Saturday, July 30, 2011

Hostage Crisis

[note: this image made more sense with the original title, “America Pulls a Boehner,” and it's still too good not to keep; courtesy of superdickery, though I'm sure owned by DC]

DI: Last year, Obama used the metaphor of a hostage crisis for the Republican negotiation over the Bush tax cuts. He ended up relenting, because he wasn’t willing to let them hurt the hostage, when the hostage was the American people. But you’ve dealt with some real-world hostage situations, so I’d like to get your opinion on this latest negotiation.

B: I don’t negotiate hostage crises; I end them.

DI: Probably by breaking through a hostage taker’s skylight then kicking them until they go to prison.

B: In a nutshell.

DI: Do you provide the nutshell, or do Gotham’s hostage-takers provide their own?

B: Clever.

DI: I have my moments.

B: But there have been circumstances where I’ve had to negotiate. It’s a favorite tactic of the Riddler, making sure he and his victims are hidden somewhere, so I have to deal with him remotely. It’s the only way he could ever get me to play his games at first.

DI: At first?

B: We came to an understanding about ten years ago: he stopped kidnapping people and I agreed to solve one of his riddles a month.

DI: So you enabled his lunacy. Wonderful.

B: The Riddler’s obsessive and compulsive, but not violently insane in the same way as someone like the Joker. All he really cared about was his puzzles, and one time, as I was taking him to the police, frustrated, I asked, “Next time can’t we just skip to the part that you care about?” And he laughed. But then he thought about it, and asked if I was offering what it sounded like I was offering. And I hadn’t been, but now that we were both thinking about it, it made a weird kind of sense.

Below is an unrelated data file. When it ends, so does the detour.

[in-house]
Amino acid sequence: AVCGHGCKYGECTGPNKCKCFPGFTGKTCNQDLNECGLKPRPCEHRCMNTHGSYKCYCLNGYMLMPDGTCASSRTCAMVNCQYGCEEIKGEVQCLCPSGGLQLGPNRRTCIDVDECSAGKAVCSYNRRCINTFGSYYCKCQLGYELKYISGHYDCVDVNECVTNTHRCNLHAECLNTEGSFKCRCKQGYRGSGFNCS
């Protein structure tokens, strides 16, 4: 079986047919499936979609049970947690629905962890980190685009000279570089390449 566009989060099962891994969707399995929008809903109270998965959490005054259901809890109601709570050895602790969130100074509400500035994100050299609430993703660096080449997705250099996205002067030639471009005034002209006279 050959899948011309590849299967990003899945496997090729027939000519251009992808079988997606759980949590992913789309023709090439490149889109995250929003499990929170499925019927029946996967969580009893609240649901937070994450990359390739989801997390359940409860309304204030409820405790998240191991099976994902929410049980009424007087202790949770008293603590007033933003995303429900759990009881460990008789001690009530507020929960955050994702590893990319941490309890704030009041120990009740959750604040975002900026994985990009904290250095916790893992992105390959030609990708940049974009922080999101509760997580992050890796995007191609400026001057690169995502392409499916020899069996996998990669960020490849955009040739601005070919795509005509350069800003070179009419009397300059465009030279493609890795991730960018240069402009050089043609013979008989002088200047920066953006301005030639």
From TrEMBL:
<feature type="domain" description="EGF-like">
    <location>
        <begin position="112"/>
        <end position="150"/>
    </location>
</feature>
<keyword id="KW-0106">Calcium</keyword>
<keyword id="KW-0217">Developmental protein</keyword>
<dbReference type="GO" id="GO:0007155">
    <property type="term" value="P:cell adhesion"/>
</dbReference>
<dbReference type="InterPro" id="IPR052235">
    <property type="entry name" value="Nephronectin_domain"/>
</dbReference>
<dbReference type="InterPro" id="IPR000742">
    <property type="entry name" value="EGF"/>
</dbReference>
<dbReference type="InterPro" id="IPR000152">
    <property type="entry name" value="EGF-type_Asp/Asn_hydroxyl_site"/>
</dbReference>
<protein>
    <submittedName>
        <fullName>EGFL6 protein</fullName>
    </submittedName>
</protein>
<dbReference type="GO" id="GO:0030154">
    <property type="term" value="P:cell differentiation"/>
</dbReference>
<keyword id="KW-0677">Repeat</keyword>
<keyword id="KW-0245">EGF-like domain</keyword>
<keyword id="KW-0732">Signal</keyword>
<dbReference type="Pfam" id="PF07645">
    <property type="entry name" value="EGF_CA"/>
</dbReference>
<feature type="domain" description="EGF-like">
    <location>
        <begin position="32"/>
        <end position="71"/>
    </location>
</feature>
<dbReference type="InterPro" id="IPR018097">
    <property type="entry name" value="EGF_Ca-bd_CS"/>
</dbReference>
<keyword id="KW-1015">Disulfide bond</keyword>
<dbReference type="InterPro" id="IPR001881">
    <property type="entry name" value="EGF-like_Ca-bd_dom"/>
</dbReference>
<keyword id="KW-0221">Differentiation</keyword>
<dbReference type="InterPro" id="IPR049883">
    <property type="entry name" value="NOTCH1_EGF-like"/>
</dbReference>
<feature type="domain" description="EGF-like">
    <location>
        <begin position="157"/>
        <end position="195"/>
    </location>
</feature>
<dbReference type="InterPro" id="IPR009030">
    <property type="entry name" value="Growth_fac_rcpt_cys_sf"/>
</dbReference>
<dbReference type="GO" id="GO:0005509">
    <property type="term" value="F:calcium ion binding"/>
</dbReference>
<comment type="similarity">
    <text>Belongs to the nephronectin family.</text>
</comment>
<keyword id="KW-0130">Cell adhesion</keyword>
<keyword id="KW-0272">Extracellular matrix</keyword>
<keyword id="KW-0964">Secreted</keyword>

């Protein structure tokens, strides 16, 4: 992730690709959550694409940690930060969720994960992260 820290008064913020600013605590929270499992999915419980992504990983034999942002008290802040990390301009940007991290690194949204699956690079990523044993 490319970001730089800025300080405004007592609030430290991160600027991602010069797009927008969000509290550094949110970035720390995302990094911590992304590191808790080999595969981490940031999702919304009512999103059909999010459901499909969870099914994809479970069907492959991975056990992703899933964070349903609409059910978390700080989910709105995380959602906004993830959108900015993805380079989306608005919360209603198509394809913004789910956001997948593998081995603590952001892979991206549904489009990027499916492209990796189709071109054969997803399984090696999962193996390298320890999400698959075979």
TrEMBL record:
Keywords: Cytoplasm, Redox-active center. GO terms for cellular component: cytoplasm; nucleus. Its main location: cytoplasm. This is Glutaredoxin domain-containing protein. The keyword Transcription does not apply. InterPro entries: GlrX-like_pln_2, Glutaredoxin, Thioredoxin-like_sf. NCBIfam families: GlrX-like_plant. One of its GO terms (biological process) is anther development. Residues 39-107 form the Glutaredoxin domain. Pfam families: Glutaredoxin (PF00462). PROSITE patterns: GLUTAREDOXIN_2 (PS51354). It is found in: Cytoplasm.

Because he’d been terrorizing innocent people needlessly. He didn’t want a ransom. And he never actually hurt his hostages. He just wanted to play the game.

DI: But given that you negotiated with terrorists

B: Actually, you’ll note that I negotiated an end to the terrorism.

DI: But at the time he was a terrorist and you negotiated- and that makes President Bush cry- so what would you say of the current stalemate?

B: Well, first, looking back at the first hostage negotiation, Obama was being stupid. I think his metaphor fails, in that we weren’t talking about really hurting the American people, just whether or not some of them paid marginally higher taxes- at the rate they paid them under Clinton. Regardless, he did the worst thing possible: he caved- which only encourages more hostage-taking.

By contrast, I think the current debt ceiling negotiations, and maybe to a lesser extent the budget fight earlier this year, are closer to hostage negotiations. Because the debt ceiling allows us to pay for services that really will hurt Americans who lose them. And unlike taxes, which have a large lobby constantly agitating against them, those Americans tend not to have powerful political allies. So damage done to those Americans could well end up permanent.

DI: Then what do you think of the debt ceiling bill Boehner got passed in the House?

B: I liked Jonathan Chait’s description of the Boehner ‘deal’: “it's like a kidnapper demanding for the release of your child $100,000 and your other child.” Because Boehner’s deal extracts cuts without revenue, but then ensures that there will be another debt ceiling standoff in six months’ time.